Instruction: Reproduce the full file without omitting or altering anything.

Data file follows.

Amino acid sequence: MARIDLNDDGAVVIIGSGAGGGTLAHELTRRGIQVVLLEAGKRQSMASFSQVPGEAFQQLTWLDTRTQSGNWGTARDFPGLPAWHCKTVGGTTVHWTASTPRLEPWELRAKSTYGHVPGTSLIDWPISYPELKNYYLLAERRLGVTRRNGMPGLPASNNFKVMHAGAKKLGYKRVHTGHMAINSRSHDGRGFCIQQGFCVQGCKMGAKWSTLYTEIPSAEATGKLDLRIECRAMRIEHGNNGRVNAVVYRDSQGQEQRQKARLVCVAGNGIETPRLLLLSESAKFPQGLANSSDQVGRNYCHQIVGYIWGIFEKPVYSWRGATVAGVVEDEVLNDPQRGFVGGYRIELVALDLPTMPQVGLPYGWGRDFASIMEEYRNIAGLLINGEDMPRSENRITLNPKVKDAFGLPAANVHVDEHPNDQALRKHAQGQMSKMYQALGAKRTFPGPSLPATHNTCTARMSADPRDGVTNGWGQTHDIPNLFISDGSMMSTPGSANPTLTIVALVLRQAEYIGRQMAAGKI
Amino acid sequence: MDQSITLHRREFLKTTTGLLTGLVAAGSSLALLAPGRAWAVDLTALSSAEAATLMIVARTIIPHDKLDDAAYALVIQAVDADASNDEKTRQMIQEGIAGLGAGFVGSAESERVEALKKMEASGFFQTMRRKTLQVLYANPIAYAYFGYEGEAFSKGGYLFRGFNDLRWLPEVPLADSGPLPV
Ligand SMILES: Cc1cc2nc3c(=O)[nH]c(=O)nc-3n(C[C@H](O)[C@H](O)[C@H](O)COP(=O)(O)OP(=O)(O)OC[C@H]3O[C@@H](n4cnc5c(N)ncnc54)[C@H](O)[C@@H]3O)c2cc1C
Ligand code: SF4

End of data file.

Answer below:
Amino acid sequence: MARIDLNDDGAVVIIGSGAGGGTLAHELTRRGIQVVLLEAGKRQSMASFSQVPGEAFQQLTWLDTRTQSGNWGTARDFPGLPAWHCKTVGGTTVHWTASTPRLEPWELRAKSTYGHVPGTSLIDWPISYPELKNYYLLAERRLGVTRRNGMPGLPASNNFKVMHAGAKKLGYKRVHTGHMAINSRSHDGRGFCIQQGFCVQGCKMGAKWSTLYTEIPSAEATGKLDLRIECRAMRIEHGNNGRVNAVVYRDSQGQEQRQKARLVCVAGNGIETPRLLLLSESAKFPQGLANSSDQVGRNYCHQIVGYIWGIFEKPVYSWRGATVAGVVEDEVLNDPQRGFVGGYRIELVALDLPTMPQVGLPYGWGRDFASIMEEYRNIAGLLINGEDMPRSENRITLNPKVKDAFGLPAANVHVDEHPNDQALRKHAQGQMSKMYQALGAKRTFPGPSLPATHNTCTARMSADPRDGVTNGWGQTHDIPNLFISDGSMMSTPGSANPTLTIVALVLRQAEYIGRQMAAGKI
Amino acid sequence: MDQSITLHRREFLKTTTGLLTGLVAAGSSLALLAPGRAWAVDLTALSSAEAATLMIVARTIIPHDKLDDAAYALVIQAVDADASNDEKTRQMIQEGIAGLGAGFVGSAESERVEALKKMEASGFFQTMRRKTLQVLYANPIAYAYFGYEGEAFSKGGYLFRGFNDLRWLPEVPLADSGPLPV
Ligand SMILES: Cc1cc2nc3c(=O)[nH]c(=O)nc-3n(C[C@H](O)[C@H](O)[C@H](O)COP(=O)(O)OP(=O)(O)OC[C@H]3O[C@@H](n4cnc5c(N)ncnc54)[C@H](O)[C@@H]3O)c2cc1C
Ligand code: SF4